EAS associated with SCLC is difficult to diagnose and tends to be more aggressive. This condition does not respond as well to treatments and people who have it may be more likely to get infections. For these reasons, the outlook is often poor.

People with this condition may live only 3 to 6 months after diagnosis. Yet there has been at least one case study of a person living several months longer.

Early detection is important with SCLC and EAS. Early detection may improve outlook by leading to tumor removal or medication to manage ACTH levels. As a result, early detection and treatment for this syndrome might improve survival rates.

If you have SCLC, other symptoms of EAS to look out for include:

  • muscle weakness
  • weight loss
  • anemia
  • high blood pressure
  • high glucose levels (hyperglycemia)
  • low potassium (hypokalemia)
  • alkalosis

EAS can lead to a condition known as ectopic Cushing’s syndrome (ECS). Cushing’s syndrome happens when cortisol levels remain high for a long time.

Symptoms of ECS include:

  • increased abdominal fat
  • collection of fat between the shoulders
  • weight gain
  • muscle weakness
  • mental changes, such as depression or anxiety
  • headaches
  • mood swings
  • increased thirst
  • impotence (inability to keep an erection)
  • changes in menstrual cycle

Here are answers to common questions about hyperpigmentation and lung cancer.

Can spots on my skin be a sign of lung cancer?

Dark spots on the skin are very unlikely to be a sign you have lung cancer. Even if lung cancer spreads (metastasizes) to the skin, these skin metastases will usually appear as nodules, not hyperpigmentation.

Nodules are small, painless lumps. They may be firm or rubbery and red, pink, blue, or black.

Dark spots on your skin in the absence of other symptoms can have many sources, and most aren’t a cause for concern. Sun exposure and certain medications can result in hyperpigmentation.

If you have concerns about dark spots on your skin or you’re experiencing other symptoms along with hyperpigmentation, be sure to plan a visit with a doctor or dermatologist.

Can chemotherapy cause skin discoloration?

Chemotherapy can lead to changes in the skin and nails, according to the National Cancer Institute. These changes include:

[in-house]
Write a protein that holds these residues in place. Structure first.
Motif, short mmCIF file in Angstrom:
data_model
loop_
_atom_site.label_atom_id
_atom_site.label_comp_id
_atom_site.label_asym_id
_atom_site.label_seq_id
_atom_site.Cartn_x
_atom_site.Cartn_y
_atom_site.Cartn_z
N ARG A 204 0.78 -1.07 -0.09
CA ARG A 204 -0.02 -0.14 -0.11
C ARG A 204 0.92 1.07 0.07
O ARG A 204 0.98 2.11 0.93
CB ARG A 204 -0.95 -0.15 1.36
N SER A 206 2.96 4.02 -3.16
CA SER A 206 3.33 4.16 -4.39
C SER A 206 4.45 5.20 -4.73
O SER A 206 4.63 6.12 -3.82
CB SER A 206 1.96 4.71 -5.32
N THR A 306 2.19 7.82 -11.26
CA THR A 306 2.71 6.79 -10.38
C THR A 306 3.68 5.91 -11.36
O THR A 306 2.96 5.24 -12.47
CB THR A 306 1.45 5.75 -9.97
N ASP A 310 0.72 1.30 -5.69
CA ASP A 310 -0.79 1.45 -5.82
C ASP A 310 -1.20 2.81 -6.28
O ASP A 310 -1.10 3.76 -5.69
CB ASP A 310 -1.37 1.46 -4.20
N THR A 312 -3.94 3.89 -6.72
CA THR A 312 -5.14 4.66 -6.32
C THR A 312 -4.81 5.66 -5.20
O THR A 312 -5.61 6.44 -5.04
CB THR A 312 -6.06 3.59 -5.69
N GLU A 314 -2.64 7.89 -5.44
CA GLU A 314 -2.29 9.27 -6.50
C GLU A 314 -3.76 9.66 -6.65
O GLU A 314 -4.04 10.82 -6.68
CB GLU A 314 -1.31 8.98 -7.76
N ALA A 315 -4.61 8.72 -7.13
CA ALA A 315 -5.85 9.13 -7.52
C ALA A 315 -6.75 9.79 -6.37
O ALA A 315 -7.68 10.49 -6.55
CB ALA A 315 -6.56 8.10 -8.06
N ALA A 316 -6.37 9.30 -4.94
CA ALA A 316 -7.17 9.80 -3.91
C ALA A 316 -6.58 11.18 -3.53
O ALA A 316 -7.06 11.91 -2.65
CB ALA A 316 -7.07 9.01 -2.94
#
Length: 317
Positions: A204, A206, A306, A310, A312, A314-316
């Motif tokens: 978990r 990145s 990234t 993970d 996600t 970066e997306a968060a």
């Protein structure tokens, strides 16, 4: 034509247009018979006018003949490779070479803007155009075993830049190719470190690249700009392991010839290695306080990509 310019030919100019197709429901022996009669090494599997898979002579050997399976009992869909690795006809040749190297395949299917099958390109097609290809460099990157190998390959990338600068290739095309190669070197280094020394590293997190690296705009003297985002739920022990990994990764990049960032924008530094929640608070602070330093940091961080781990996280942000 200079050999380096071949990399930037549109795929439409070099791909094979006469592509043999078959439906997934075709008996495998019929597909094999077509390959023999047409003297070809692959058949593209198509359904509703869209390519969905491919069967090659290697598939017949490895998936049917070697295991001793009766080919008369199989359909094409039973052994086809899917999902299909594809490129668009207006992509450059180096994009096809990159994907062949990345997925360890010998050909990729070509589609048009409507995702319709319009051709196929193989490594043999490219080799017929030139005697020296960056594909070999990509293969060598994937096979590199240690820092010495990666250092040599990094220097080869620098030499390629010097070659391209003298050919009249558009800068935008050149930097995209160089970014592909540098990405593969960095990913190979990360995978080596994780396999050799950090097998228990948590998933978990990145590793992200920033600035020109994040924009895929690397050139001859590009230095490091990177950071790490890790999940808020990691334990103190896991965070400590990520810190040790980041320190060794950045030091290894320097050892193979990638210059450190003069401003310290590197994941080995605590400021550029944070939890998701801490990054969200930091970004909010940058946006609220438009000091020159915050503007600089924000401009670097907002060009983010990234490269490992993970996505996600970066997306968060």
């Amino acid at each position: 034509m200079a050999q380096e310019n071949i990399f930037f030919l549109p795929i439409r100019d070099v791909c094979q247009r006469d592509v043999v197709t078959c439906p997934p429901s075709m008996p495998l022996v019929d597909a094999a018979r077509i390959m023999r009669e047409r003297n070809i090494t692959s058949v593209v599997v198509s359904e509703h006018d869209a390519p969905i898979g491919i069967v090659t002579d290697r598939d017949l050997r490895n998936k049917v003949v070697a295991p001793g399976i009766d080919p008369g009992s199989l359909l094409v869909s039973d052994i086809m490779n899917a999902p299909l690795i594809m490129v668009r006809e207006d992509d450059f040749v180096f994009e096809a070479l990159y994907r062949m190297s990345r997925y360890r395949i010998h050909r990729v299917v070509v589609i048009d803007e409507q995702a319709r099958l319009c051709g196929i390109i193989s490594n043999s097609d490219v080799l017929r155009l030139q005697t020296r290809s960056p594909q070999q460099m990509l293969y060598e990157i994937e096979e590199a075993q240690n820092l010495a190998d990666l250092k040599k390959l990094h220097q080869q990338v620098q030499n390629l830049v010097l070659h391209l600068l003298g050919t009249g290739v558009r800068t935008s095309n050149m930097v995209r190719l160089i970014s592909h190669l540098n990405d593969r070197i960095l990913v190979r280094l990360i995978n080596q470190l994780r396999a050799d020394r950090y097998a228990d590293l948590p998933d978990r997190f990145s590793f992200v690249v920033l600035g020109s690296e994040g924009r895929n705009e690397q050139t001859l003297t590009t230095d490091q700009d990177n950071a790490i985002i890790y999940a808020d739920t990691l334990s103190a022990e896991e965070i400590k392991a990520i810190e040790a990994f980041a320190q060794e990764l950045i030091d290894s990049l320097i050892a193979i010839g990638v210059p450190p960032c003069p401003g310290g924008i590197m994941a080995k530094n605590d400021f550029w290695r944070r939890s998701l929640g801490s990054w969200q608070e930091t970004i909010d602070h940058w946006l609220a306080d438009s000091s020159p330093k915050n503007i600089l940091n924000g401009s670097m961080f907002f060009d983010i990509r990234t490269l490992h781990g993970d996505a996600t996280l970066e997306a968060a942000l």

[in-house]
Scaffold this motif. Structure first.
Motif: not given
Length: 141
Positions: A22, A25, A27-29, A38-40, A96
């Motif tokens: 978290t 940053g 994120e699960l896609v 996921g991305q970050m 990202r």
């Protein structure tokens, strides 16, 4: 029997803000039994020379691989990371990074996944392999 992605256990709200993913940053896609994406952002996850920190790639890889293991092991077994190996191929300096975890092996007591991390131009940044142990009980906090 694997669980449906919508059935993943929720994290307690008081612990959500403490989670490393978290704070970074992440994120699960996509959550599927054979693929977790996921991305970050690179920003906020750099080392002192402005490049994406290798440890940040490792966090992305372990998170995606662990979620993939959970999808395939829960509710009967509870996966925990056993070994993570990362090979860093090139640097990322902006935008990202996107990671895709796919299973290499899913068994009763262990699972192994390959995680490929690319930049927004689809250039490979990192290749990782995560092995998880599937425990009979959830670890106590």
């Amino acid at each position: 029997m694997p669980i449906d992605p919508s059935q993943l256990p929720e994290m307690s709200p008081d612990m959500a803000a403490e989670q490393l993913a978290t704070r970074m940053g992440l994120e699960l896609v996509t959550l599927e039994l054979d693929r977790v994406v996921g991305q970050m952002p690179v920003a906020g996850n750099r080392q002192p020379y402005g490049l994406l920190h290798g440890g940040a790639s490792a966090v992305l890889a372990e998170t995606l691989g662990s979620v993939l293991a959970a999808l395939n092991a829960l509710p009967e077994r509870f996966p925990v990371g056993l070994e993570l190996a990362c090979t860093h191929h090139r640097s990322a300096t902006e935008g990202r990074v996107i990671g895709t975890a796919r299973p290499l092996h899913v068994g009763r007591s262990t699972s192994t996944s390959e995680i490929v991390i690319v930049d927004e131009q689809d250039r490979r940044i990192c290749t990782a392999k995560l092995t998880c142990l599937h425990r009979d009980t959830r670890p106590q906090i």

• rashes
  • dryness
  • blisters
  • peeling
  • redness
  • itchy skin
  • swelling

You can also experience skin discoloration, including both hyperpigmentation (dark spots) and hypopigmentation (light spots).

Skin discoloration can occur roughly 2 to 3 weeks after chemotherapy treatment begins. The spots typically go away a few months after the chemo is over as new skin cells replace the old ones.

Other treatments for lung cancer, such as immunotherapy and targeted therapies, can also cause severe skin rashes, dryness, and hyperpigmentation, according to a 2017 review of scientific literature. In at least one case report yet to be peer-reviewed, an immunotherapy medication used to treat NSCLC, known as pembrolizumab (Keytruda), caused spots on the skin.

Is there any way to prevent skin discoloration from lung cancer?

It is not possible to prevent skin discoloration, or hyperpigmentation, caused by EAS.

You can help prevent your risk of lung cancer in general by avoiding smoking and secondhand smoke. If you already smoke, quitting can greatly reduce your risk of lung cancer.

Lung cancer, particularly SCLC, can result in skin discoloration in rare cases. This is due to a secondary condition known as EAS. SCLC with EAS has a poor outlook.

Some treatments for lung cancer can also cause skin discoloration and other skin changes.

If you have received a lung cancer diagnosis and notice any atypical skin changes, it’s important to see your doctor right away.